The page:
BUDDHISM IN KERALA -8TH CENTURY BEFORE REVIVAL OF HINDUISM BY SRI SHANKARA

Buddha idol recovered and installed in 1923 at Mavelikara from the current Hindu temple pond, 10km north of Kayamkulam. It belongs to 10th century according to Dept. of Archeology, Kerala


10th centuy Buddha recovered from Karunagapally at Krishnapuram museum


Smiling Buddha: Detail from Mavelikara Buddha idol, Buddha junction, Mavelikara, Alapuzha Dist.


Buddha recovered from Bharanikavu Pallikal a few miles east of Kayamkulam


Pagoda housing Karumadi Kuttan: 8th century black granite Buddh between Ambalapuzha and Thakazhi, some 30km north east of Arattupuzha


The earliest documented references to Kochi occur in books written by Chinese voyager Ma Huan during his visit to Kochi in the 15th century as part of Admiral Zheng He's treasure fleet. There are also references to Kochi in accounts written by Italian traveller Niccolò Da Conti, who visited Kochi in 1440.

Ma Huan, the Muslim voyager and translator who accompanied Admiral Zheng He on three of his seven expeditions to the Western Oceans, describes the king of Cochin as being a Buddhist.


A depiction of the ruler of Cochin, Malabar by famous German painter and woodcut printmaker Hans Burgkmair the elder (1473–1531)

{{It may be said to have originated as an important port in 1341 AD when the flooded Periyar River destroyed a world-renowned port, at Kodungallur, just north of Cochin and created an all-new harbor in Cochin, which is today one of the finest natural harbors on the West coast of India. Cochin's busy port assumed a new strategic importance and began to experience commercial prosperity after the flood. The Portuguese penetrated the Indian Ocean in the late 15th century. Vasco da Gama, discoverer of the sea route to India, established the first Portuguese factory (trading station) there in 1502, and the Portuguese viceroy Afonso de Albuquerque built the first European fort in India there in 1503. It was the first European fort in India. The British settled here in 1635 but were forced out by Dutch in 1663, under whom the town became an important trade center. It came under the sovereignty of Haider Ali, the militant prince of Mysore in 1776, but was surrendered by his son Tipu Sahib to the British in 1791}}.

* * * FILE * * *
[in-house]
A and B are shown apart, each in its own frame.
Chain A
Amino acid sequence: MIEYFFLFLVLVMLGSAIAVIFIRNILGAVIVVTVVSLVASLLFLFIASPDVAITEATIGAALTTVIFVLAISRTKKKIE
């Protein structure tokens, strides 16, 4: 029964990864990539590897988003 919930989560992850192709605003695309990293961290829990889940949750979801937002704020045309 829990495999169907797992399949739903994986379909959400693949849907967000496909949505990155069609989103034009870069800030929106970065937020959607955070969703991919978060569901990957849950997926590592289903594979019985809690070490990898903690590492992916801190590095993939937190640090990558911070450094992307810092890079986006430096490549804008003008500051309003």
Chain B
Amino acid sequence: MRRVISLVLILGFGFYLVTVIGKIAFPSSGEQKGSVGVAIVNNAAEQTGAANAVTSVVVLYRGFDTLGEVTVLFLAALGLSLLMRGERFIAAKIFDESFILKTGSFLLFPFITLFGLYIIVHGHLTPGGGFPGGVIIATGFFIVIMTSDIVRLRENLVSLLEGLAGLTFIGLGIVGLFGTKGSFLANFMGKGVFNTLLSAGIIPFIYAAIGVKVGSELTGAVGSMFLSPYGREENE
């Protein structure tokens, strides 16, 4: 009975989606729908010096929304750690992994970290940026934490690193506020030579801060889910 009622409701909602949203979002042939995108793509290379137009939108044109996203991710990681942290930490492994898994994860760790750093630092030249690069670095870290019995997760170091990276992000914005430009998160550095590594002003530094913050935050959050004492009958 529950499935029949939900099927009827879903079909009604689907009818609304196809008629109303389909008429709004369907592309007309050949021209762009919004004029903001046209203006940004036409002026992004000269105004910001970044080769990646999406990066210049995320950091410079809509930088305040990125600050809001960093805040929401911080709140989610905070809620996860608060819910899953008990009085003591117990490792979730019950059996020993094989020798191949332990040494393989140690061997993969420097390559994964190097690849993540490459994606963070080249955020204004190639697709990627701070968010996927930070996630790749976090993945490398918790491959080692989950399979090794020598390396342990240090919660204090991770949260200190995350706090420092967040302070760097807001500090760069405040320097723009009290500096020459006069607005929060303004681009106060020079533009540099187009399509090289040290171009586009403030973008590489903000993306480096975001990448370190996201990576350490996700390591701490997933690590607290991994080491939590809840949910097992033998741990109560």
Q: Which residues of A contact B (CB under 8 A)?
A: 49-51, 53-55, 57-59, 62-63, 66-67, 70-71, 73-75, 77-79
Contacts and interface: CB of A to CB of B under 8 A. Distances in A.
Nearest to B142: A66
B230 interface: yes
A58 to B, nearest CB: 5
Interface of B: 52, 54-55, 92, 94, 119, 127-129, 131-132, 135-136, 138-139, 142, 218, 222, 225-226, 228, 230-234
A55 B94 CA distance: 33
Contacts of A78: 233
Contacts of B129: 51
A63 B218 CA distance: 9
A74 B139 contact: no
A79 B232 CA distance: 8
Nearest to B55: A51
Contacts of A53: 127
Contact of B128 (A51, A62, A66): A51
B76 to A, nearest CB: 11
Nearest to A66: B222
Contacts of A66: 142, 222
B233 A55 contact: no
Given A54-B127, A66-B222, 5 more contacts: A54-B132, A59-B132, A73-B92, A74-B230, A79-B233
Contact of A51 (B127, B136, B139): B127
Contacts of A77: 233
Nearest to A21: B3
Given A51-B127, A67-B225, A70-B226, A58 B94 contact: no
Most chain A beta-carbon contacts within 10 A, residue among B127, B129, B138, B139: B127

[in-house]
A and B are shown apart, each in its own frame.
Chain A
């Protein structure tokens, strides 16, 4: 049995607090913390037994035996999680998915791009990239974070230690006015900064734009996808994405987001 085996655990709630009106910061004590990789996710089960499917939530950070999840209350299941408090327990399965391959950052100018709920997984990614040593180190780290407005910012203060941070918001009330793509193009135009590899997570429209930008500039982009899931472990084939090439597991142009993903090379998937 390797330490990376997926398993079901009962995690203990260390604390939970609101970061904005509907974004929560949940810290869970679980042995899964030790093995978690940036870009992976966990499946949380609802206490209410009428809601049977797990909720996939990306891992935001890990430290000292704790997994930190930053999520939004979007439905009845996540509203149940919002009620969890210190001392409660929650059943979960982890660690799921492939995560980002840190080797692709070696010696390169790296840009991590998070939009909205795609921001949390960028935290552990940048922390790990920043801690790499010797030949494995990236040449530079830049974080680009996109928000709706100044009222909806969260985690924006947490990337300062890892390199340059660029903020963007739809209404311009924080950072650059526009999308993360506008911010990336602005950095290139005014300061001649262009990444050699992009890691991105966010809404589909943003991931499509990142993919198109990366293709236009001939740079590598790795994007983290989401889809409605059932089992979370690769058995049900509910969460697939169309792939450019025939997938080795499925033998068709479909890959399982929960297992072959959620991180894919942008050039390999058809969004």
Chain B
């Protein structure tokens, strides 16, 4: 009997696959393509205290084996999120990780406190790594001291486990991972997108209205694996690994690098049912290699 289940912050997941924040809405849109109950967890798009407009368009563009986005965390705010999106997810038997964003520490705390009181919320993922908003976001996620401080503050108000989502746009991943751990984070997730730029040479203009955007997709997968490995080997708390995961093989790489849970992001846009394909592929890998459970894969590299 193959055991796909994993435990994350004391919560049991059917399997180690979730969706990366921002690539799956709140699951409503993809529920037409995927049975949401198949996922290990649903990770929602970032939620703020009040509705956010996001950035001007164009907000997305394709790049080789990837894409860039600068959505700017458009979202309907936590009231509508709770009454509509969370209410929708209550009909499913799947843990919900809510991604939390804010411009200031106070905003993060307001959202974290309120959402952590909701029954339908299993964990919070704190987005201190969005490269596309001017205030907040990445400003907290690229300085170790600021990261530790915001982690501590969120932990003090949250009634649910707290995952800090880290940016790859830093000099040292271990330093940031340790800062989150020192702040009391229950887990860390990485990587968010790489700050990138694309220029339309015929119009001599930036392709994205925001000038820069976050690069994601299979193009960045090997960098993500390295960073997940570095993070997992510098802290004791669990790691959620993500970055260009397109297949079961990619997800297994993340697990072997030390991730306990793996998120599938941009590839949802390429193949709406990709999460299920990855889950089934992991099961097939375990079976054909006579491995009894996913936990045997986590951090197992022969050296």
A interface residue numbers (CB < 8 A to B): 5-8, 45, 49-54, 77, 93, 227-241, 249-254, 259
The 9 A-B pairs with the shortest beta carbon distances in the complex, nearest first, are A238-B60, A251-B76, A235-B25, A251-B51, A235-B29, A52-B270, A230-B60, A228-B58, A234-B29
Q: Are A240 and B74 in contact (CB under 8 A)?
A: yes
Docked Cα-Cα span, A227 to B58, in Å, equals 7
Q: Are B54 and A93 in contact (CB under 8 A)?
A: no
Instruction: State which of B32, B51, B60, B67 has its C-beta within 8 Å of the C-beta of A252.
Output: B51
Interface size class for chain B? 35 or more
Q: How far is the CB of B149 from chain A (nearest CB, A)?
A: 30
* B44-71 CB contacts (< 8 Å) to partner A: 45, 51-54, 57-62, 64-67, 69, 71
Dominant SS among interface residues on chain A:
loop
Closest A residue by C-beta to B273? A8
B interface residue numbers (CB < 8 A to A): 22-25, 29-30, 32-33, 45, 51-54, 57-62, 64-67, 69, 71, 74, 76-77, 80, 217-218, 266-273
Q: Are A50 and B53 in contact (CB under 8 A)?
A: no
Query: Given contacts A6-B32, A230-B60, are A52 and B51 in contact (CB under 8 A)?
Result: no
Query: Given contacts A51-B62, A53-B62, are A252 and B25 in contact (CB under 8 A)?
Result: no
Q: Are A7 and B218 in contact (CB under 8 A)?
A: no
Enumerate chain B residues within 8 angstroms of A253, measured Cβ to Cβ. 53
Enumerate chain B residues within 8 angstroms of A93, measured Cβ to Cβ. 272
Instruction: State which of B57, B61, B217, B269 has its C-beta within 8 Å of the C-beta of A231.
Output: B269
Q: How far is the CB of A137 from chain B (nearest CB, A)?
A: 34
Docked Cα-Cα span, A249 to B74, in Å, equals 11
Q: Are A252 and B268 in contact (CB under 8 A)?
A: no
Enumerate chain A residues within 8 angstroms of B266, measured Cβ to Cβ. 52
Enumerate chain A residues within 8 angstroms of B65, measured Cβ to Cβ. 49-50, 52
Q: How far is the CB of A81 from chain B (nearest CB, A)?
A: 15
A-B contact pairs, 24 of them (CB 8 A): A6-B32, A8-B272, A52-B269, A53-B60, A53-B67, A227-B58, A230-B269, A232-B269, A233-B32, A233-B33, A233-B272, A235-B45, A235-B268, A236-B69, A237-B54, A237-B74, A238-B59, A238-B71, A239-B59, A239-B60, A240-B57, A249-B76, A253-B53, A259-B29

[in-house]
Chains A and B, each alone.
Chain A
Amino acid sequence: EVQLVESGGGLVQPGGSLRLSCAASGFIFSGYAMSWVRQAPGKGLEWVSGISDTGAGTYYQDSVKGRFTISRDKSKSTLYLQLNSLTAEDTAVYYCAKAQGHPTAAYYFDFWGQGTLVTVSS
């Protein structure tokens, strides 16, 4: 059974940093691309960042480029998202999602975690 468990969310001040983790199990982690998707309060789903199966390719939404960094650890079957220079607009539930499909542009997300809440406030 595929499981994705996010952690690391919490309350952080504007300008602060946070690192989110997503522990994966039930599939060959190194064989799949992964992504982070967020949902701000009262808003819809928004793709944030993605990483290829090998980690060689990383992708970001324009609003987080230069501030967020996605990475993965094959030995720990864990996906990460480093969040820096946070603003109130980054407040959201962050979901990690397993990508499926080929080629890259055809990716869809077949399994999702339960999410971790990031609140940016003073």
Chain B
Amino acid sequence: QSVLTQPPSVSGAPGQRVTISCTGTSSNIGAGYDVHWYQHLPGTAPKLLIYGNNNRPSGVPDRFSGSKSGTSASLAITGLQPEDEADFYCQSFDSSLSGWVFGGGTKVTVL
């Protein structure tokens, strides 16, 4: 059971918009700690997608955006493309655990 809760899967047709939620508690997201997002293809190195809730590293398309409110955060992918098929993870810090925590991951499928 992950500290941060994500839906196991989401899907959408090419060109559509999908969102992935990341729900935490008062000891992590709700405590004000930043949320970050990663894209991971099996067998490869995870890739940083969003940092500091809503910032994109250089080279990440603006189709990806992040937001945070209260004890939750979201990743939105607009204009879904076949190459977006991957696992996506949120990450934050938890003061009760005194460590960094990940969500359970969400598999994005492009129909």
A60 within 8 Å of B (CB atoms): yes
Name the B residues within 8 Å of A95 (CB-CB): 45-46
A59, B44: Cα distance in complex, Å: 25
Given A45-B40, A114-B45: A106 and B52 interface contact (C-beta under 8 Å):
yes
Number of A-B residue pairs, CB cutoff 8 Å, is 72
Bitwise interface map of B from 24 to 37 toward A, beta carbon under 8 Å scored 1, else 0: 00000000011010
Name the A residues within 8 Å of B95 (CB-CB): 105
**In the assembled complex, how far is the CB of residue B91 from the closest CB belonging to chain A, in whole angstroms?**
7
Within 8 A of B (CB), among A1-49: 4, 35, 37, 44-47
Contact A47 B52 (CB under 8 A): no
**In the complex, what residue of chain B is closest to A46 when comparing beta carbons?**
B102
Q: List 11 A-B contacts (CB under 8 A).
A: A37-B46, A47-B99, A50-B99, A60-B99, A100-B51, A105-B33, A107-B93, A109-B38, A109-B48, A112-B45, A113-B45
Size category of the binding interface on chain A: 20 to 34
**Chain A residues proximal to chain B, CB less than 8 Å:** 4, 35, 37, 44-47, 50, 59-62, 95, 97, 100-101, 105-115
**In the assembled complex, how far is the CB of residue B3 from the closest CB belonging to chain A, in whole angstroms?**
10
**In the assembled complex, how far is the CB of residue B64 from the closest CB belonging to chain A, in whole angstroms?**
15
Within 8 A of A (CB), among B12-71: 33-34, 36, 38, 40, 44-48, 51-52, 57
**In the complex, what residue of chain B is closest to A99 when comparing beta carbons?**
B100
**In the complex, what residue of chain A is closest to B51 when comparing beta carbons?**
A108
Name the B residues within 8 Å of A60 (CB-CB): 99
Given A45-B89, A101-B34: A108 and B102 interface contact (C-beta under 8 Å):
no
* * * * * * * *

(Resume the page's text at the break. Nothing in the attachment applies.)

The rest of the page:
Admiral Zheng He (1371-1433)


The Early Years

Zheng He (also known as Cheng Ho) was born in what is now Jinning County, Kunming City of Yunnan Province in 1371, the fourth year of the Hongwu reign period (1368-1398) of the Ming Dynasty. He was originally surnamed Ma, and later was known as San Bao (Three Treasures).

Raised a Muslim, Zheng He started to study the teachings of Islam at an early age. Both Zheng He's father and grandfather had made the pilgrimage to Mecca, and so were quite familiar with distant lands. Under the influence of his father and grandfather, the young Zheng He developed a consuming curiosity about the outside world. Zheng He's father's direct character and altruistic nature also made a lasting impression on the boy.

Zheng He was captured by Ming Dynasty forces during their military cleansing of the remnants of the Yuan Dynasty (1279-1368) in Yunnan, around 1381. He was taken to Nanjing, where he was castrated and entered into imperial service. He was then sent to Beiping (present-day Beijing) to serve in the palace of Zhu Di, the Prince of Yan, fourth son of the founding emperor of the Ming Dynasty.